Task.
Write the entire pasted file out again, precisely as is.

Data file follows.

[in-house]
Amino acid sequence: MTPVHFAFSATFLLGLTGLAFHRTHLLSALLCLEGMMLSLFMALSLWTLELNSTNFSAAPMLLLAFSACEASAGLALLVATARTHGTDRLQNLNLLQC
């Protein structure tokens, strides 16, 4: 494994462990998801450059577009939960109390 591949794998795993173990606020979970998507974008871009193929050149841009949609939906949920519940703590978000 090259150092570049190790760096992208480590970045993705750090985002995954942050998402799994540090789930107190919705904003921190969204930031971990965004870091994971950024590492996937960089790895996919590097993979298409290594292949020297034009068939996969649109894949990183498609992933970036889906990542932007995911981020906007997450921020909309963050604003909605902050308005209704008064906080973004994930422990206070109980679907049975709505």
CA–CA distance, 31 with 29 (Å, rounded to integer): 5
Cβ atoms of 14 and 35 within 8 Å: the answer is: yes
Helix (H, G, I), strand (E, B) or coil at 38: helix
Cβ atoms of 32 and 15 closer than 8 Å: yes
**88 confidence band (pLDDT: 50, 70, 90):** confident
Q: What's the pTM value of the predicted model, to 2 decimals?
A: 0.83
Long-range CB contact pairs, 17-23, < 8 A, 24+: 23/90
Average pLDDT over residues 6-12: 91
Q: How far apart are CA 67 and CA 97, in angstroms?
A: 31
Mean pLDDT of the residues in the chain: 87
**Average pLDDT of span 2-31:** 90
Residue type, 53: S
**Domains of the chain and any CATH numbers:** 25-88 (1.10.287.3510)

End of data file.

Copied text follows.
[in-house]
Amino acid sequence: MTPVHFAFSATFLLGLTGLAFHRTHLLSALLCLEGMMLSLFMALSLWTLELNSTNFSAAPMLLLAFSACEASAGLALLVATARTHGTDRLQNLNLLQC
């Protein structure tokens, strides 16, 4: 494994462990998801450059577009939960109390 591949794998795993173990606020979970998507974008871009193929050149841009949609939906949920519940703590978000 090259150092570049190790760096992208480590970045993705750090985002995954942050998402799994540090789930107190919705904003921190969204930031971990965004870091994971950024590492996937960089790895996919590097993979298409290594292949020297034009068939996969649109894949990183498609992933970036889906990542932007995911981020906007997450921020909309963050604003909605902050308005209704008064906080973004994930422990206070109980679907049975709505």
CA–CA distance, 31 with 29 (Å, rounded to integer): 5
Cβ atoms of 14 and 35 within 8 Å: the answer is: yes
Helix (H, G, I), strand (E, B) or coil at 38: helix
Cβ atoms of 32 and 15 closer than 8 Å: yes
**88 confidence band (pLDDT: 50, 70, 90):** confident
Q: What's the pTM value of the predicted model, to 2 decimals?
A: 0.83
Long-range CB contact pairs, 17-23, < 8 A, 24+: 23/90
Average pLDDT over residues 6-12: 91
Q: How far apart are CA 67 and CA 97, in angstroms?
A: 31
Mean pLDDT of the residues in the chain: 87
**Average pLDDT of span 2-31:** 90
Residue type, 53: S
**Domains of the chain and any CATH numbers:** 25-88 (1.10.287.3510)